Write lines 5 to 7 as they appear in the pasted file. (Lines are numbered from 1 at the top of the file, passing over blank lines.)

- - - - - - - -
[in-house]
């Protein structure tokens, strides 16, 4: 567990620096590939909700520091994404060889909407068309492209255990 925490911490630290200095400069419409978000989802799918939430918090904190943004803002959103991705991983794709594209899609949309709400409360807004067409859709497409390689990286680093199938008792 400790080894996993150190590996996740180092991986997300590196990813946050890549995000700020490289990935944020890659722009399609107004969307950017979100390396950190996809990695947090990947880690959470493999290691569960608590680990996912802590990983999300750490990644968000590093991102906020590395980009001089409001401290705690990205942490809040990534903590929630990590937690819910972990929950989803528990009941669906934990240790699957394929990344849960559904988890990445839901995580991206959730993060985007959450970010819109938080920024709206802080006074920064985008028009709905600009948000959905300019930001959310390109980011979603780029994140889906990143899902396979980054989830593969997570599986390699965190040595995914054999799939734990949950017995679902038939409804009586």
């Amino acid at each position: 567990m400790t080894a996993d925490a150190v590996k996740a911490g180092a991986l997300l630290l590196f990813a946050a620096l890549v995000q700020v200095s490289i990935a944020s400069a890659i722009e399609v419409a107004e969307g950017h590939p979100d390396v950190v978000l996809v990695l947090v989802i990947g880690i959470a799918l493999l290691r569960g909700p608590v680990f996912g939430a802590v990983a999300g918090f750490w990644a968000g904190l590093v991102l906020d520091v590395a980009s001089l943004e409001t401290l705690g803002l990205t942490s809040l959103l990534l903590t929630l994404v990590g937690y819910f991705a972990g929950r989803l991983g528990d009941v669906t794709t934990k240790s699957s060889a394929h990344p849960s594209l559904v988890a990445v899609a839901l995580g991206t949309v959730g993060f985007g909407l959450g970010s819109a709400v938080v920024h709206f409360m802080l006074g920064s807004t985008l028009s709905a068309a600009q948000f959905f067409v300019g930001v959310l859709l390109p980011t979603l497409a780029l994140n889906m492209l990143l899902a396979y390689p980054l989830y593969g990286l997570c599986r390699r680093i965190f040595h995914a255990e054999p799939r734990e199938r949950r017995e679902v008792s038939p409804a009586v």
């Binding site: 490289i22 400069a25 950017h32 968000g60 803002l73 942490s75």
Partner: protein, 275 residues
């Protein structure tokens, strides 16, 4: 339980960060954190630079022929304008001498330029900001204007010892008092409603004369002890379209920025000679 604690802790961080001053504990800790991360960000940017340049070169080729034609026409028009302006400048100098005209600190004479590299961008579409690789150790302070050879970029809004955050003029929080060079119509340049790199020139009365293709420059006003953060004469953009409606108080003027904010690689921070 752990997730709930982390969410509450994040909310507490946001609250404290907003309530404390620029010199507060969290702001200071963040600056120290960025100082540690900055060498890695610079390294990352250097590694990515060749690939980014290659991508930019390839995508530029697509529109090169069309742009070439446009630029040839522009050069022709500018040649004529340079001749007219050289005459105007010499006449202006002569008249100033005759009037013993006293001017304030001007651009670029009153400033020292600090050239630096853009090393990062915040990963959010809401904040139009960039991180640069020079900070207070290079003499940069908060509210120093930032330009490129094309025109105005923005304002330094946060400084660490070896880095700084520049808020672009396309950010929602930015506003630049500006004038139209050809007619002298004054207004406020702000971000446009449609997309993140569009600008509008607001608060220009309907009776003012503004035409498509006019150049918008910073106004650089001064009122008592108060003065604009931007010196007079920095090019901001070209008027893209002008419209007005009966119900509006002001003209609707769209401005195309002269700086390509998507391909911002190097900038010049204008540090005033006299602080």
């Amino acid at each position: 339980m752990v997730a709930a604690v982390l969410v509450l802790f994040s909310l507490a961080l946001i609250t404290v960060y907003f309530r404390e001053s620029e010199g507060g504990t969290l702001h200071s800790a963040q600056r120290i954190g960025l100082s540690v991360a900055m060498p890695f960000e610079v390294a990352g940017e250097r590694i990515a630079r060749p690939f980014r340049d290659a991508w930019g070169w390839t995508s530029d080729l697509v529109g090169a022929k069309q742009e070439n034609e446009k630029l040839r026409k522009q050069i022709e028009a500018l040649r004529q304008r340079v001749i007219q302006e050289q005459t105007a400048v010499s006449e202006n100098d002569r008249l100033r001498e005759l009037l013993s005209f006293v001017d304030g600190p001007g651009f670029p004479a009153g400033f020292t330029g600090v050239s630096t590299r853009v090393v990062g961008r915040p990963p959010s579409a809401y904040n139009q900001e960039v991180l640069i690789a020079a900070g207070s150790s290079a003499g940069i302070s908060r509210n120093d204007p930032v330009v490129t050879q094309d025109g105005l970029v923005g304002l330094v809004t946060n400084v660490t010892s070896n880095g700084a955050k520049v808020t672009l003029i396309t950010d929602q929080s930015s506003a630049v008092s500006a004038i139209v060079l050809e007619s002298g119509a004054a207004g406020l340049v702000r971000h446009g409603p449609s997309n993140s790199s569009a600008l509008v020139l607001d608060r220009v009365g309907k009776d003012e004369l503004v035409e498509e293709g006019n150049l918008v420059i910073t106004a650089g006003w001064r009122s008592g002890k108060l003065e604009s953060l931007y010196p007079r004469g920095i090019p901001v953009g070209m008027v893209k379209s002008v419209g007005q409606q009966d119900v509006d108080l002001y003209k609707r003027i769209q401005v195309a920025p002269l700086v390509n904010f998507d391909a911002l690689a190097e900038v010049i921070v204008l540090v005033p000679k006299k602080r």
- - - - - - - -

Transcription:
Partner: protein, 275 residues
């Protein structure tokens, strides 16, 4: 339980960060954190630079022929304008001498330029900001204007010892008092409603004369002890379209920025000679 604690802790961080001053504990800790991360960000940017340049070169080729034609026409028009302006400048100098005209600190004479590299961008579409690789150790302070050879970029809004955050003029929080060079119509340049790199020139009365293709420059006003953060004469953009409606108080003027904010690689921070 752990997730709930982390969410509450994040909310507490946001609250404290907003309530404390620029010199507060969290702001200071963040600056120290960025100082540690900055060498890695610079390294990352250097590694990515060749690939980014290659991508930019390839995508530029697509529109090169069309742009070439446009630029040839522009050069022709500018040649004529340079001749007219050289005459105007010499006449202006002569008249100033005759009037013993006293001017304030001007651009670029009153400033020292600090050239630096853009090393990062915040990963959010809401904040139009960039991180640069020079900070207070290079003499940069908060509210120093930032330009490129094309025109105005923005304002330094946060400084660490070896880095700084520049808020672009396309950010929602930015506003630049500006004038139209050809007619002298004054207004406020702000971000446009449609997309993140569009600008509008607001608060220009309907009776003012503004035409498509006019150049918008910073106004650089001064009122008592108060003065604009931007010196007079920095090019901001070209008027893209002008419209007005009966119900509006002001003209609707769209401005195309002269700086390509998507391909911002190097900038010049204008540090005033006299602080």
């Amino acid at each position: 339980m752990v997730a709930a604690v982390l969410v509450l802790f994040s909310l507490a961080l946001i609250t404290v960060y907003f309530r404390e001053s620029e010199g507060g504990t969290l702001h200071s800790a963040q600056r120290i954190g960025l100082s540690v991360a900055m060498p890695f960000e610079v390294a990352g940017e250097r590694i990515a630079r060749p690939f980014r340049d290659a991508w930019g070169w390839t995508s530029d080729l697509v529109g090169a022929k069309q742009e070439n034609e446009k630029l040839r026409k522009q050069i022709e028009a500018l040649r004529q304008r340079v001749i007219q302006e050289q005459t105007a400048v010499s006449e202006n100098d002569r008249l100033r001498e005759l009037l013993s005209f006293v001017d304030g600190p001007g651009f670029p004479a009153g400033f020292t330029g600090v050239s630096t590299r853009v090393v990062g961008r915040p990963p959010s579409a809401y904040n139009q900001e960039v991180l640069i690789a020079a900070g207070s150790s290079a003499g940069i302070s908060r509210n120093d204007p930032v330009v490129t050879q094309d025109g105005l970029v923005g304002l330094v809004t946060n400084v660490t010892s070896n880095g700084a955050k520049v808020t672009l003029i396309t950010d929602q929080s930015s506003a630049v008092s500006a004038i139209v060079l050809e007619s002298g119509a004054a207004g406020l340049v702000r971000h446009g409603p449609s997309n993140s790199s569009a600008l509008v020139l607001d608060r220009v009365g309907k009776d003012e004369l503004v035409e498509e293709g006019n150049l918008v420059i910073t106004a650089g006003w001064r009122s008592g002890k108060l003065e604009s953060l931007y010196p007079r004469g920095i090019p901001v953009g070209m008027v893209k379209s002008v419209g007005q409606q009966d119900v509006d108080l002001y003209k609707r003027i769209q401005v195309a920025p002269l700086v390509n904010f998507d391909a911002l690689a190097e900038v010049i921070v204008l540090v005033p000679k006299k602080r």